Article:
There’s a California native that would make any plant lover come to a screeching halt along a busy thoroughfare in spring. The California buckeye (Aesculus californica) erupts with flowers on long panicles in March or April. The San Francisco Botanical Garden describes the flowers as “bottlebrush candelabras.” But the flowers aren't the only thing going for the California buckeye. In March, apple-green leaves appear, much earlier than other deciduous trees. Fall leaves (when present) are colorful and are accompanied by chestnut-brown seeds. When the fall foliage drops, the silvery-white bark makes a stunning silhouette in the winter garden.
Growing to about 20 feet high, this drought-tolerant tree will drop its leaves in the absence of irrigation or rainfall, which conserves whatever water remains in the trunk and roots. In the landscape, light irrigation will save the leaves from falling.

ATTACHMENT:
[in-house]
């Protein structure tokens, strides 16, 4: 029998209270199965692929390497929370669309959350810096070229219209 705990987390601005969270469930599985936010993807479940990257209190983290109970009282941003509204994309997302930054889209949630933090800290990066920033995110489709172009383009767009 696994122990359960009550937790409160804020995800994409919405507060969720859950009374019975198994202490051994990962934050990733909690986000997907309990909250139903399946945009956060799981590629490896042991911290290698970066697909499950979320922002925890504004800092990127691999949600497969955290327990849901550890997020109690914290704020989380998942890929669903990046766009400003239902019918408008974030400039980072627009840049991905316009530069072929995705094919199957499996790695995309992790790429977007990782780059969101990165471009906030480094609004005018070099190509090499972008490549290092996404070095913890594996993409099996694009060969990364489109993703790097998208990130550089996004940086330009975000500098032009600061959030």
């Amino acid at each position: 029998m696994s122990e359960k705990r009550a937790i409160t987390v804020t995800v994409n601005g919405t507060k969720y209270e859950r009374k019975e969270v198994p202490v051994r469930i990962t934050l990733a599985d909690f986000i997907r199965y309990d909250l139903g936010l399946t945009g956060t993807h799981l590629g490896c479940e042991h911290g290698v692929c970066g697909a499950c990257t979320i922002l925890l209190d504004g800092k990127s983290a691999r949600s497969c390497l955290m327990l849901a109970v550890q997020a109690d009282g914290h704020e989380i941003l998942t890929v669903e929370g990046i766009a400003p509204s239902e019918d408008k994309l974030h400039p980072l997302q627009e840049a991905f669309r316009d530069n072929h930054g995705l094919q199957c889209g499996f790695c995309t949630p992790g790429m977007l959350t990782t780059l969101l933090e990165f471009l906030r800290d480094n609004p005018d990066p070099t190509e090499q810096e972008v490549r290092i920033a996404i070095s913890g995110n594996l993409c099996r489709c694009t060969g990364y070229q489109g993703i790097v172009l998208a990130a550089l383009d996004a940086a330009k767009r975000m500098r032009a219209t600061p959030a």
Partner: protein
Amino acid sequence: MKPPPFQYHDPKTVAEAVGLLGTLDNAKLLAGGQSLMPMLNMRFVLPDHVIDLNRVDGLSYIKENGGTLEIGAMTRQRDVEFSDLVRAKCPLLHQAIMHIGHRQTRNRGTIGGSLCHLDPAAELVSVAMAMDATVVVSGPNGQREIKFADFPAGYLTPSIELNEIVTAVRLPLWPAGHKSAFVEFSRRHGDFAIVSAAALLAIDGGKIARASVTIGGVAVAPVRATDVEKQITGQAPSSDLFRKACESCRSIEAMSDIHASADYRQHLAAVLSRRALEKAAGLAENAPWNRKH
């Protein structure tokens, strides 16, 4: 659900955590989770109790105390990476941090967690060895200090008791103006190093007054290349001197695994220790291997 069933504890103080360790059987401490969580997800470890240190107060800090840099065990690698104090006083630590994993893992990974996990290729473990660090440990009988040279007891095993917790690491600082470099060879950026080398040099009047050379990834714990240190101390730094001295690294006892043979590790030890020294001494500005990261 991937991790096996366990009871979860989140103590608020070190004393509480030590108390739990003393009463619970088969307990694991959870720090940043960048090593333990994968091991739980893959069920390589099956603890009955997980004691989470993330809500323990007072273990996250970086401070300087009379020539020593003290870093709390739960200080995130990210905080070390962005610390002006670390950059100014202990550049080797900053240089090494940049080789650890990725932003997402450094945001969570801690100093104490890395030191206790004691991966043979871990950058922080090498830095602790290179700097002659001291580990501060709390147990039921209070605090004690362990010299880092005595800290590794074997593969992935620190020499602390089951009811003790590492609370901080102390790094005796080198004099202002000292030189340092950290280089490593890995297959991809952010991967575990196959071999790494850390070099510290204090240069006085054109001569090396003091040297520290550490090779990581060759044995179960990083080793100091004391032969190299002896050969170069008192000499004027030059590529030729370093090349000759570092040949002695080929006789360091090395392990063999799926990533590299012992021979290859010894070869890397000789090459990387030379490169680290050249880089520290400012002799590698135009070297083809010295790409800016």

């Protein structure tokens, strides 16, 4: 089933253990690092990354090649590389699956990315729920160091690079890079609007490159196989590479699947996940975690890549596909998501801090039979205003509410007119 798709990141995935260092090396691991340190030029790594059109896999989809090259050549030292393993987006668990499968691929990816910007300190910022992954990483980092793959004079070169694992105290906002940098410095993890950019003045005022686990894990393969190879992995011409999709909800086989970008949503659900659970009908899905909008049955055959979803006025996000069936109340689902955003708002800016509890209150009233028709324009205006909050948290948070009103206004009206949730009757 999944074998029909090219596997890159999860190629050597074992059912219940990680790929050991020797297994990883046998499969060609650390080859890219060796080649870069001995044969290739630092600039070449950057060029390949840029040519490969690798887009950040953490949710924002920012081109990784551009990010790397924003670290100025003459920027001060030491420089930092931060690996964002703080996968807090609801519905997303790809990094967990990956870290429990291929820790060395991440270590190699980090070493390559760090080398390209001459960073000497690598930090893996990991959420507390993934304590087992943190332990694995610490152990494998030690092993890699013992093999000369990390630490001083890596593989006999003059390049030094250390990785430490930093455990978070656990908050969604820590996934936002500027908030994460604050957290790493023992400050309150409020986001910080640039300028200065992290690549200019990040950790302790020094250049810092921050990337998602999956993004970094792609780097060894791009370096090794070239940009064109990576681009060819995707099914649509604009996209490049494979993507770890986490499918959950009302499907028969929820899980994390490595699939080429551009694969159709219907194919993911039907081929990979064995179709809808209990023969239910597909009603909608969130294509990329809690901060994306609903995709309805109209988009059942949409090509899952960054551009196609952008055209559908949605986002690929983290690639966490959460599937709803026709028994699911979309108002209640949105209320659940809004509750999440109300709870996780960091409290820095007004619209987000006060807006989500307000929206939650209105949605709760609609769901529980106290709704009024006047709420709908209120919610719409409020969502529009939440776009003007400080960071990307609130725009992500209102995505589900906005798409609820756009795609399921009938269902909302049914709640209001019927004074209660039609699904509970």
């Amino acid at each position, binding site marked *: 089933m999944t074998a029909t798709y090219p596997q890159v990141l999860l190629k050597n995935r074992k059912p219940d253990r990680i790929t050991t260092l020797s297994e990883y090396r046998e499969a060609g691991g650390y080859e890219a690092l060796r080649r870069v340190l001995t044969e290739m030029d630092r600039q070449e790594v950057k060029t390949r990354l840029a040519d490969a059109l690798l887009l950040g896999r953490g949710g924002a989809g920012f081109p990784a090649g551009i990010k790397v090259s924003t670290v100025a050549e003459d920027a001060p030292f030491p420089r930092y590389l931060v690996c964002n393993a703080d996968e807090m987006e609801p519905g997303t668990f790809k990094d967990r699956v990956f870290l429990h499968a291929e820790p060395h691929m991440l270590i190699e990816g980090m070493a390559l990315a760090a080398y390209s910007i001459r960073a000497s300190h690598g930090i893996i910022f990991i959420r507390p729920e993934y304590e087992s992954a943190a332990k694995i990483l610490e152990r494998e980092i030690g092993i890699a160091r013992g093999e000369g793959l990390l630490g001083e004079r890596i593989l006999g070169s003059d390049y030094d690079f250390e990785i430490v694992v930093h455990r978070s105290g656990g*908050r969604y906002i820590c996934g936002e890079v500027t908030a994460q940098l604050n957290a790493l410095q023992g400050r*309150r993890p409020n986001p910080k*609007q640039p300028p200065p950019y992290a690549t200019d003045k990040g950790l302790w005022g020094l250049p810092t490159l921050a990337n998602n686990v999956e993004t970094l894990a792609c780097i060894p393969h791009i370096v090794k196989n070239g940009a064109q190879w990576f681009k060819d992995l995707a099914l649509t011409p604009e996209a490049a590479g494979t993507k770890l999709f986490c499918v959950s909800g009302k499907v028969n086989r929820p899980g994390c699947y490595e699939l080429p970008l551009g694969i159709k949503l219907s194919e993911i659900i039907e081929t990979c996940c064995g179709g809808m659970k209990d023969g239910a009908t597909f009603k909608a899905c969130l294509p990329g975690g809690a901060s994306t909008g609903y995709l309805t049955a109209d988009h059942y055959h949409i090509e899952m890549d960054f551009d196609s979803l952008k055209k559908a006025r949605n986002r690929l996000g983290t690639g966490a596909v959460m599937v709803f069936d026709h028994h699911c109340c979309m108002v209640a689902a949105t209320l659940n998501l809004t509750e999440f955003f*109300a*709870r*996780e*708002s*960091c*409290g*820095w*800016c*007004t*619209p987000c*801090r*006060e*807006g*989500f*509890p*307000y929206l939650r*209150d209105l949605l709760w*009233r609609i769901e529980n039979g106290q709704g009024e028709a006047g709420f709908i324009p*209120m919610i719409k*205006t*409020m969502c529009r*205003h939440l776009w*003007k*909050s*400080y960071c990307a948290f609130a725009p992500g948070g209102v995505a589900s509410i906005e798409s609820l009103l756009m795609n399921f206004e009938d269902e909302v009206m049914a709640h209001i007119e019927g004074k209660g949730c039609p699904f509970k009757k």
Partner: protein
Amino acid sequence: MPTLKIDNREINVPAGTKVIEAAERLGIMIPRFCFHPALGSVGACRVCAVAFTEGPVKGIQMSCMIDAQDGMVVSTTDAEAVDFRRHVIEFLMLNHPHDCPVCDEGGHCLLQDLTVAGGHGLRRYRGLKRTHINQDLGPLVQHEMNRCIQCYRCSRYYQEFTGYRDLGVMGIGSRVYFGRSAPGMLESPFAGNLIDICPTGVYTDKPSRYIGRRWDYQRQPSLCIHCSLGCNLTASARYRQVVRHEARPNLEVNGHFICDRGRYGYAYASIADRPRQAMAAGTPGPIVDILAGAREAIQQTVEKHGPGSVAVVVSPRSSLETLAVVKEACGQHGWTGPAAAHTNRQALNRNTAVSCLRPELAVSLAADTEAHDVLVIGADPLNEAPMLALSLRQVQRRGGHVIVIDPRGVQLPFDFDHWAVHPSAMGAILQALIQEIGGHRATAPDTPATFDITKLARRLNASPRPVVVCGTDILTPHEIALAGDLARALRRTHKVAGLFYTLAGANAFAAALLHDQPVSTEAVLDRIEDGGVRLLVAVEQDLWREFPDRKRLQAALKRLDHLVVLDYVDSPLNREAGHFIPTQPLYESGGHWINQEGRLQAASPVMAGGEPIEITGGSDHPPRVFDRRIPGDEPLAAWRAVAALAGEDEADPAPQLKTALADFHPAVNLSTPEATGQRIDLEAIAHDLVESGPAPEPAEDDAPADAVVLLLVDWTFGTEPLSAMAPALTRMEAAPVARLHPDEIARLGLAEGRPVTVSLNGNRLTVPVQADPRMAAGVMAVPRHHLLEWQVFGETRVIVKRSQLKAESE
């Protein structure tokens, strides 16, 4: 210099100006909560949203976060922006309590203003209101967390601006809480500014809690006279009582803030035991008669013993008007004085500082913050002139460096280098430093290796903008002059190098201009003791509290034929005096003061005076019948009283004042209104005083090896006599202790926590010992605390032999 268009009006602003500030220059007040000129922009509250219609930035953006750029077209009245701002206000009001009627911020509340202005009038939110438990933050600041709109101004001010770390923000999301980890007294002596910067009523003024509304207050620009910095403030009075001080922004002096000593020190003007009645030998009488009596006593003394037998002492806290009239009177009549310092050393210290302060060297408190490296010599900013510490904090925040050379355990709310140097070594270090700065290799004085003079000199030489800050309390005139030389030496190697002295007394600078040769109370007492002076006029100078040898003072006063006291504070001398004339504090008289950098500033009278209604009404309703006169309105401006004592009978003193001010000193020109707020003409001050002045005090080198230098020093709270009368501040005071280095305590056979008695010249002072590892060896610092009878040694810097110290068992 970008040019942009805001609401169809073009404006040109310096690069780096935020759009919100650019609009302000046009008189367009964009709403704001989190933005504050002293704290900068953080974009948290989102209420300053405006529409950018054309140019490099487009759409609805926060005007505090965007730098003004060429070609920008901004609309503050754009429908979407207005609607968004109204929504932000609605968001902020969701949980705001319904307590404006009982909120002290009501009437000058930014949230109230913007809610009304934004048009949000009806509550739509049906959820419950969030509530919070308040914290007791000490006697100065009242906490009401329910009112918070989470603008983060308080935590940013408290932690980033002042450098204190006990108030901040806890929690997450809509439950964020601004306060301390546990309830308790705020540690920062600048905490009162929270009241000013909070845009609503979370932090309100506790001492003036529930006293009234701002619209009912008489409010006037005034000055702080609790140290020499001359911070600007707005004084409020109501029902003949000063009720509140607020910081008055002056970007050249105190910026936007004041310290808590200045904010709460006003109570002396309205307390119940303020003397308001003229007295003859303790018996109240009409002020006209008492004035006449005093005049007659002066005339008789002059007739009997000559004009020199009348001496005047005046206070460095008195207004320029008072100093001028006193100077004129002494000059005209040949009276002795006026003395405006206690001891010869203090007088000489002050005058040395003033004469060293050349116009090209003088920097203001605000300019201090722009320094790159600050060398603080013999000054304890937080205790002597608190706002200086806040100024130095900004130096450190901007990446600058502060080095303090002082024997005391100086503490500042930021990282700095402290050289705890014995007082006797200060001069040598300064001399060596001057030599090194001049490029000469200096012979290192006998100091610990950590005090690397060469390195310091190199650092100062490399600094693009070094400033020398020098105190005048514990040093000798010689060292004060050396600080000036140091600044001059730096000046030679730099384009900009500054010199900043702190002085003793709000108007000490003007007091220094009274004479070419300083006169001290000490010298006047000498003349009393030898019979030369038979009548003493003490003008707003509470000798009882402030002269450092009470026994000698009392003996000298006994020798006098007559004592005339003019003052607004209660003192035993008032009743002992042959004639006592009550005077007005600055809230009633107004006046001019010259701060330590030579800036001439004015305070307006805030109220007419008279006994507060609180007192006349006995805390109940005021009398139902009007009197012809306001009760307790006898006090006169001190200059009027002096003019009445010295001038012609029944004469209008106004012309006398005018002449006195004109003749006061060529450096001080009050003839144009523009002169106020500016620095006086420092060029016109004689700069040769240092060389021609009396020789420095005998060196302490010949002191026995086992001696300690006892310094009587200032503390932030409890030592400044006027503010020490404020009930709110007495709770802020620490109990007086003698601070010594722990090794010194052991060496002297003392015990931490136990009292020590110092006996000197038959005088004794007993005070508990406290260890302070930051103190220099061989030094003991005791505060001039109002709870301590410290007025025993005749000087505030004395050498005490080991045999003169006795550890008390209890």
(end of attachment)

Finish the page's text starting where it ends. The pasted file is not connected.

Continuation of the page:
It attracts native bees and butterflies (and photographers).
Interesting tidbit from the U.S. Forest Service: the seeds of California buckeye served as a staple for California Indians, who would mash the roasted seeds and then leach them to remove the toxin, aesculin. Native Americans also used the toxin in streams and other waterways to stupefy fish for easy capture.
Why grow Aesculus californica?
- Masses of fragrant white flowers on 4- to 8-inch panicles (sometimes longer)
- Attracts butterflies and hummingbirds
- Drought tolerant
- Year-round interest
- Utility friendly tree
Sources: The Watershed Nursery, San Francisco Botanical Garden, San Marcos Growers